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Cleer Scene review: Scene it all before?

Our Rating :
£99.00 from
Price when reviewed : £99
inc VAT

It may not pull up any trees, but the Cleer Scene is a stylish speaker offering quality audio and speakerphone capabilities for under £100


  • Seriously loud
  • Attractive design
  • Speakerphone works well


  • Some audio niggles
  • Average battery life
  • No equaliser support

Cleer may not be a household name this side of the pond just yet, but the San Diego-based manufacturer is hoping that its new Bluetooth speaker – the Cleer Scene – can change that.

Founded in 2012, Cleer has gained decent traction internationally over the past couple of years, garnering a reputation for novel product design with releases like its Crescent smart speaker, and picking up Red Dot Design Awards along the way.

Its claim that the Cleer Scene sets a new standard for portable speaker quality may be overblown, but there’s no denying that this is a capable waterproof speaker available for a competitive price. It looks great and sounds good too, but fails to bring anything truly disruptive to an already crowded market.

Cleer Scene review: What do you get for the money?

Launched in December 2022, the Cleer Scene has an RRP of £99 – a popular price point for portable Bluetooth speakers. It’s a price that positions the Scene above the swathe of cheap options from no-name Chinese manufacturers, while undercutting key competitors such as the JBL Flip 6 and Sonos Roam.

It houses dual 48mm neodymium dynamic drivers and you’ll find a passive radiator on each end of the speaker to help enhance the Scene’s bass response, with Cleer stating a frequency range of 20Hz – 20KHz. The Scene is primarily designed to be used wirelessly over Bluetooth 5.0 but can be connected to your source physically via a 3.5mm port located under a rubber flap on the rear of the speaker. Bluetooth codec support is limited to SBC and AAC, which is par for the course for speakers at this price point.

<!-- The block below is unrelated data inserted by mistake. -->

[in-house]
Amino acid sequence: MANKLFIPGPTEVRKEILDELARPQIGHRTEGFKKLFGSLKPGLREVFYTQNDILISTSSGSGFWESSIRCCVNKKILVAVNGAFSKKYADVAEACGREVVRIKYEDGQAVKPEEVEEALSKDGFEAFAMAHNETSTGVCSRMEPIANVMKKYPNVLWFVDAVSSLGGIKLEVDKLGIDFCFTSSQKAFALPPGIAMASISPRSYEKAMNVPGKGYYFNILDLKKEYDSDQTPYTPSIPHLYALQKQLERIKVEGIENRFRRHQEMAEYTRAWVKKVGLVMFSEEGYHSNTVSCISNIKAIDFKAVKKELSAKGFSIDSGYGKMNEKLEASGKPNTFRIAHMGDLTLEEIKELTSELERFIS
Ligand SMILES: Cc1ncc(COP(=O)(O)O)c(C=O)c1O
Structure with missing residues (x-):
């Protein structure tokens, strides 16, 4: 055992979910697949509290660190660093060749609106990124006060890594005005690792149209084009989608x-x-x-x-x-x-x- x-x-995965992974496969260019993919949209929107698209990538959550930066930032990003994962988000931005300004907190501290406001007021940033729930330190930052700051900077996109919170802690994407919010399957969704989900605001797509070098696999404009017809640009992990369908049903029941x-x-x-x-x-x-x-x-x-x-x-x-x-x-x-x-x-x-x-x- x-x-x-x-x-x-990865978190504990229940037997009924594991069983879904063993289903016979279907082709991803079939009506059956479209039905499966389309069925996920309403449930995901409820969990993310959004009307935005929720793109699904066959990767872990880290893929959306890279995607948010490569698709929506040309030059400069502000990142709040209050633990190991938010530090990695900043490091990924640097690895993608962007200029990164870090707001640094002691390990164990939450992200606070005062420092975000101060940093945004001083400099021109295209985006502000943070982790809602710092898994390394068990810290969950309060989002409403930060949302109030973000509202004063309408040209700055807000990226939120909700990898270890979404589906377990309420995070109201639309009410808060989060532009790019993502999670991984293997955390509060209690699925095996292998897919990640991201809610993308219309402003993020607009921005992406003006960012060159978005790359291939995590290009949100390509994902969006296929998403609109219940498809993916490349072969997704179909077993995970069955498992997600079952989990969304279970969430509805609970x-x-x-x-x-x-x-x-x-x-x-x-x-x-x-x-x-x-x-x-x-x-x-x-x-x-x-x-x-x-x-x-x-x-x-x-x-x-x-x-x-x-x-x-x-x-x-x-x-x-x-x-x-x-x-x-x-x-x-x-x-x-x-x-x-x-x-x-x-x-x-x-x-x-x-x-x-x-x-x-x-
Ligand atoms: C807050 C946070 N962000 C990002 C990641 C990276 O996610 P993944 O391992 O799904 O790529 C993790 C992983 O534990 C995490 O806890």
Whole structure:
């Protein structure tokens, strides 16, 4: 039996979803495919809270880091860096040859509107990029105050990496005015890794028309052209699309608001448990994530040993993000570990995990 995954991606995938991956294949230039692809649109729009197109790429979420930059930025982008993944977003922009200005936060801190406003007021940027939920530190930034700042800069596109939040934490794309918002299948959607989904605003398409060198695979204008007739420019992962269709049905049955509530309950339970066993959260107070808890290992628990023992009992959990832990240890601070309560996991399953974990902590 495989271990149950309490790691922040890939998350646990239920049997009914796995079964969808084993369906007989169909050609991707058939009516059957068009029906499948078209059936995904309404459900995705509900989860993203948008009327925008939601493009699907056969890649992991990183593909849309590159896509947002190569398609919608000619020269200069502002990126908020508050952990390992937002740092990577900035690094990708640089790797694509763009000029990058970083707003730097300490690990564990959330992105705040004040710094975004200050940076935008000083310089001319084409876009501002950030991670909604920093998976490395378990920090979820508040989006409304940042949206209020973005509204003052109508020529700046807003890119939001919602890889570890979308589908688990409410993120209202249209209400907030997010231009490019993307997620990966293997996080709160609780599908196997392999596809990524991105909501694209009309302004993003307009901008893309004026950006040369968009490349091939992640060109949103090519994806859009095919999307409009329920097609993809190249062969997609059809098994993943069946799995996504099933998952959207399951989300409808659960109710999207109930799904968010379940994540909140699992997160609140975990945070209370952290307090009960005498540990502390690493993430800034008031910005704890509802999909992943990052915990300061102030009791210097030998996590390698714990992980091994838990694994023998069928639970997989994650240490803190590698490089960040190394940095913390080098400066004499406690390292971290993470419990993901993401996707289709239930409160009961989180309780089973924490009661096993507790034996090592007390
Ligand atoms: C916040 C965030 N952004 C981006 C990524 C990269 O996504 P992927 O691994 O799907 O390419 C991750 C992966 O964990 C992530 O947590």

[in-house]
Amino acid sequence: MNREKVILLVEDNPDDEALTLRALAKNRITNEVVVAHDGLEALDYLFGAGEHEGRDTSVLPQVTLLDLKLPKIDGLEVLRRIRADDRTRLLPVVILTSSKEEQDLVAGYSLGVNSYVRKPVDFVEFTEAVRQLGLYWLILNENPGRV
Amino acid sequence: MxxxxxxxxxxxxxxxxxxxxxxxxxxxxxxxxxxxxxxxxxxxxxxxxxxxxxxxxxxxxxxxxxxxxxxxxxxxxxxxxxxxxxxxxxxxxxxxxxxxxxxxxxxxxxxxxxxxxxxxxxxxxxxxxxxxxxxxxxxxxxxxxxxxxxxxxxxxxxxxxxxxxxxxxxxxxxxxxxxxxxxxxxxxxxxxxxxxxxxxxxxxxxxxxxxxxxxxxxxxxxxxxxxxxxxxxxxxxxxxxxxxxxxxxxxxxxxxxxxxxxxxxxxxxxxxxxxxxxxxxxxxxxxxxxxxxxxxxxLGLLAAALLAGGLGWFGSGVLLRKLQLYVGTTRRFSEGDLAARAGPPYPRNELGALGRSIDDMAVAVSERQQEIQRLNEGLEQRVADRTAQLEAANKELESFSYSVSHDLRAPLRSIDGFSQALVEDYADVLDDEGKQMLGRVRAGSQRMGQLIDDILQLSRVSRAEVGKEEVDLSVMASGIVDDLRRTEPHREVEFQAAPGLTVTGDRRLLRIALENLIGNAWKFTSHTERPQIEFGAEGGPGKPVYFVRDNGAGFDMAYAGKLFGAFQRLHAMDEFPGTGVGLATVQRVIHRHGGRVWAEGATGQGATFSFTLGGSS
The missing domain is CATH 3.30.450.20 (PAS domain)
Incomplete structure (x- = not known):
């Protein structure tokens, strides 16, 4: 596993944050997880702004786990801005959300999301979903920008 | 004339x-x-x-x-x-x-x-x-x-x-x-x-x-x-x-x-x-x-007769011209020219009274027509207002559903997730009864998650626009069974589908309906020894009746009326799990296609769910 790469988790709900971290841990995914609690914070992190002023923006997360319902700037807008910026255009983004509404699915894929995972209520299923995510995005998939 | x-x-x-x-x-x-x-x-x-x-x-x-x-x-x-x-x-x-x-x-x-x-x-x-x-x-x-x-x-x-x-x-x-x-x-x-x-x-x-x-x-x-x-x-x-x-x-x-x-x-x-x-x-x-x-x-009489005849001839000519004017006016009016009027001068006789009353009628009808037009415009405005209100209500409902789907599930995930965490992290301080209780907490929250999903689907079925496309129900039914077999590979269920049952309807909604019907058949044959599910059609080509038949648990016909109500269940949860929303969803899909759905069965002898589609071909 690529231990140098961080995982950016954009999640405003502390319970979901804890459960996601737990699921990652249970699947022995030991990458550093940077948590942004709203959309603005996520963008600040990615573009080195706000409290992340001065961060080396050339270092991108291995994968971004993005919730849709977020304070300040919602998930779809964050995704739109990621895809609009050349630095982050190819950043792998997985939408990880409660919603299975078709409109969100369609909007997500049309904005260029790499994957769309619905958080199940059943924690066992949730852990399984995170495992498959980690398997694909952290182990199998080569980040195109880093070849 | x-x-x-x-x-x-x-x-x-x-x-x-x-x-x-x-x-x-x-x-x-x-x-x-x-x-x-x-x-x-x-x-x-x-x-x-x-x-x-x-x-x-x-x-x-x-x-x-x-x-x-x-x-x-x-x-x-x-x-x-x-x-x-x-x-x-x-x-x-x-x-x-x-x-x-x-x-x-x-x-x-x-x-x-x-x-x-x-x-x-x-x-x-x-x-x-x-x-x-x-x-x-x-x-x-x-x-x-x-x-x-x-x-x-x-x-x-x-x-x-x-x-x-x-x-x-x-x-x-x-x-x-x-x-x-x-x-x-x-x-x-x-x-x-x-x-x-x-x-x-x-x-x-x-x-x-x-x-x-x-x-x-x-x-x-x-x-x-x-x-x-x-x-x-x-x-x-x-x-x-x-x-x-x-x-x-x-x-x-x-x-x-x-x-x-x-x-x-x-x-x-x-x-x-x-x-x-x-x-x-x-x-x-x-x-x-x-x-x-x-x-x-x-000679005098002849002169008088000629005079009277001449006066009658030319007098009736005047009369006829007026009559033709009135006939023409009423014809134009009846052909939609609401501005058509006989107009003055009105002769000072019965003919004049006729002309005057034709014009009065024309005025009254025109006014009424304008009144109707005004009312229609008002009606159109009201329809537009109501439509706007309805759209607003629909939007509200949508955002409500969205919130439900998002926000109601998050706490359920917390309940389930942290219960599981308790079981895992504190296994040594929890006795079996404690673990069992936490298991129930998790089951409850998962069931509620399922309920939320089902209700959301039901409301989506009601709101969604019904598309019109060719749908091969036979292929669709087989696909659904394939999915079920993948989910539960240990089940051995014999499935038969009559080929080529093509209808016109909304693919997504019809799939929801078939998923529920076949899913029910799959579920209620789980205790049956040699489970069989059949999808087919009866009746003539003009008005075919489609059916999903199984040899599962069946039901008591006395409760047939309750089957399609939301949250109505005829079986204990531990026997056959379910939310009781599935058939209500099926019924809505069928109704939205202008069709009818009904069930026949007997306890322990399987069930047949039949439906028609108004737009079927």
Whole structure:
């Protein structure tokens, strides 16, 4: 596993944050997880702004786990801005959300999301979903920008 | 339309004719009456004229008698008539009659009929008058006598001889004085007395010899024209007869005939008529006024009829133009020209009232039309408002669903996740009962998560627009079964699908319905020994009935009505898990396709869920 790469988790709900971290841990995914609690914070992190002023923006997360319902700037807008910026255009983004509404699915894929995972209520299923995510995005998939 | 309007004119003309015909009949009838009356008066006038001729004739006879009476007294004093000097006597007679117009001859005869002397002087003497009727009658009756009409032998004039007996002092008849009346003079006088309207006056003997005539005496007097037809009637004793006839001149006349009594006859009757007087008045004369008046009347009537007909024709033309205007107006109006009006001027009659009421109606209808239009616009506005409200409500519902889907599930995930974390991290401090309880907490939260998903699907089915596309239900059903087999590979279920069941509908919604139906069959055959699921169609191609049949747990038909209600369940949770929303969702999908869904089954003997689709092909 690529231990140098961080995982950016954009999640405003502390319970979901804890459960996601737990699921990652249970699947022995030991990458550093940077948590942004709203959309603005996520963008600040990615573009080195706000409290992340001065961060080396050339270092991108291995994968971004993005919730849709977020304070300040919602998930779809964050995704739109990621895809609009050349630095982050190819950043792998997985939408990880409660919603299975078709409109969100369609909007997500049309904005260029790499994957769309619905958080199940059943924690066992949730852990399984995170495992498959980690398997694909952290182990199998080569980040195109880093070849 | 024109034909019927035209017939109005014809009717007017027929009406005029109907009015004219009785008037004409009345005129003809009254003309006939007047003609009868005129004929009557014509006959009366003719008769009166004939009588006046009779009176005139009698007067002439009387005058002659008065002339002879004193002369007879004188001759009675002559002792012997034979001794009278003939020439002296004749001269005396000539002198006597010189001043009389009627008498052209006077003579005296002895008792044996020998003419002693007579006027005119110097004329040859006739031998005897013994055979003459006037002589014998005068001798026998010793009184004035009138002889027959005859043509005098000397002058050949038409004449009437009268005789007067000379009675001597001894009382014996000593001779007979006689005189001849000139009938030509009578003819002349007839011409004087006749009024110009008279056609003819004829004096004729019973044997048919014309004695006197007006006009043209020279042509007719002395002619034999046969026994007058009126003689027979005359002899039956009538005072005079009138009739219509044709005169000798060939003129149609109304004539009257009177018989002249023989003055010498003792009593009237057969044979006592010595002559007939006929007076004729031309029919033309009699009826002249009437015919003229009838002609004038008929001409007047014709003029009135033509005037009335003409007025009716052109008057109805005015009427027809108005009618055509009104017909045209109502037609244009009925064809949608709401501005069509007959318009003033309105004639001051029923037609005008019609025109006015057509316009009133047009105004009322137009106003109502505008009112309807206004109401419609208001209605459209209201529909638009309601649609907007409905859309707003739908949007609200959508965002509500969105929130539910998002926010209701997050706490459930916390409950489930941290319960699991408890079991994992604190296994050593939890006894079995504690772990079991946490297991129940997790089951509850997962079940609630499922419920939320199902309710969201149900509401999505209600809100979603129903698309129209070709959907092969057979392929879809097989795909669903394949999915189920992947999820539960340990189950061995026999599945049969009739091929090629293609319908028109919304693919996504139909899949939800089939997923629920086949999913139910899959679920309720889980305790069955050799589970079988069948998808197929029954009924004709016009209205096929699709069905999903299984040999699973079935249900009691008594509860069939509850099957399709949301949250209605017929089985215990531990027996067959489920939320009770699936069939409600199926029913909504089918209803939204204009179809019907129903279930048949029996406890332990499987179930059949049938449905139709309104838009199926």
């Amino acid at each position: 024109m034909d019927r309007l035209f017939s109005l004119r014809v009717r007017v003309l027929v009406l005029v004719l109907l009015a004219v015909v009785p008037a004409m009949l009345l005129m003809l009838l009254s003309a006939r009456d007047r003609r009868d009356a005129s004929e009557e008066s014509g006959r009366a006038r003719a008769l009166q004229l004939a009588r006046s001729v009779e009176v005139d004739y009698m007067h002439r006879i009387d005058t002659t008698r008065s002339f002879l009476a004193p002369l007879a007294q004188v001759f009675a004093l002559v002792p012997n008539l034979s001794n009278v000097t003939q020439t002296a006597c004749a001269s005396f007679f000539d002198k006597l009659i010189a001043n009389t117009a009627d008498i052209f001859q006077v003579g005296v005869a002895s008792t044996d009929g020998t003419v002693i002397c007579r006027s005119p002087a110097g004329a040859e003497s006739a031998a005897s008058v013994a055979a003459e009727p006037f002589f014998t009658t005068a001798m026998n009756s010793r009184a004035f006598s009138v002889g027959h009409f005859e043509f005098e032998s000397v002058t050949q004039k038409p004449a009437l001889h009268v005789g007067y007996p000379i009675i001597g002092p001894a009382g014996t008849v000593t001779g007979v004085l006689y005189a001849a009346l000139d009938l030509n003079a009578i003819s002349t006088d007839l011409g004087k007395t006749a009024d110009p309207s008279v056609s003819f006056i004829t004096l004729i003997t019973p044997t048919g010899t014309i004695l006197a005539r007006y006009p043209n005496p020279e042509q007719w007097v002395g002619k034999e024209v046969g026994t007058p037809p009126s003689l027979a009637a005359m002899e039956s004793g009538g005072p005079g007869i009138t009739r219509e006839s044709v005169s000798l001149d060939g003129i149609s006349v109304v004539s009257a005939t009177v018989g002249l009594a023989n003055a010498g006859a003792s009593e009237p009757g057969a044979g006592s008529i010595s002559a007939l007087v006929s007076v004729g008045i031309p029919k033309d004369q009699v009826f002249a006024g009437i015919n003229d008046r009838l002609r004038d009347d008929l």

Less common for under £100 is the Scene’s focus on ensuring it ably doubles as a speakerphone. It uses a built-in echo and noise-cancelling microphone that, paired with its sturdy, rubber base, allows it to perform the role of a tabletop communication hub very capably.

That base is part of a rather novel design, which blends the Toblerone-esque styling of the Sonos Roam with the more common cylindrical shape of other portable speakers. Mesh fabric is wrapped around the majority of the body, clicky rubber buttons for audio and microphone control are found on the crest of the speaker, while the Cleer logo sits proudly on the front of the speaker grille, a couple of centimeters above a thin LED light.

Power and pairing buttons are located either side of the bung that protects the 3.5mm input and USB-C charging port should you decide to test out the Scene’s IPX7 rating and submerge it in water. You’ll need to use that charging port once every 12 hours or so depending on how loud you’re listening, which is about average for a speaker of this size.

All-in-all, you’re looking at a portable speaker that measures 220 x 74 x 90mm (WDH) and requires minimal effort to carry around at a weight of 742g. There’s a choice of two finishes available: the two-tone grey reviewed here and a more arresting red.

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Cleer Scene review: What do we like about it?

On the whole, the Cleer Scene produces engaging and – dare I say – clear audio for its price. The acoustic guitar strums on “Children of the Empire” by Weyes Blood, for instance, were impressively separated from other instruments and vocals on the piano-led, crescendo-riddled ballad.